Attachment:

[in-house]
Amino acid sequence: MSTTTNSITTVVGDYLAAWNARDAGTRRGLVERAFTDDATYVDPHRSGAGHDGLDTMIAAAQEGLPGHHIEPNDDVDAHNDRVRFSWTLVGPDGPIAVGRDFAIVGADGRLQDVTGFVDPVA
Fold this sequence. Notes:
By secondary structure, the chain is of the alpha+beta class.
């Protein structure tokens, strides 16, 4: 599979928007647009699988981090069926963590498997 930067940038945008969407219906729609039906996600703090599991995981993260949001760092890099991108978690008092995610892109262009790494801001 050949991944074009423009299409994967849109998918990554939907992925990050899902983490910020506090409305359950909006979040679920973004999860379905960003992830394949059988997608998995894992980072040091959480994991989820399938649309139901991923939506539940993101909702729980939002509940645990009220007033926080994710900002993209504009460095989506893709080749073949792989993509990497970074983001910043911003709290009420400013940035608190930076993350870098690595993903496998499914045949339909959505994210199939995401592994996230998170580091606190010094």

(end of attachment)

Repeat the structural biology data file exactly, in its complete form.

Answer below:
[in-house]
Amino acid sequence: MSTTTNSITTVVGDYLAAWNARDAGTRRGLVERAFTDDATYVDPHRSGAGHDGLDTMIAAAQEGLPGHHIEPNDDVDAHNDRVRFSWTLVGPDGPIAVGRDFAIVGADGRLQDVTGFVDPVA
Fold this sequence. Notes:
By secondary structure, the chain is of the alpha+beta class.
């Protein structure tokens, strides 16, 4: 599979928007647009699988981090069926963590498997 930067940038945008969407219906729609039906996600703090599991995981993260949001760092890099991108978690008092995610892109262009790494801001 050949991944074009423009299409994967849109998918990554939907992925990050899902983490910020506090409305359950909006979040679920973004999860379905960003992830394949059988997608998995894992980072040091959480994991989820399938649309139901991923939506539940993101909702729980939002509940645990009220007033926080994710900002993209504009460095989506893709080749073949792989993509990497970074983001910043911003709290009420400013940035608190930076993350870098690595993903496998499914045949339909959505994210199939995401592994996230998170580091606190010094």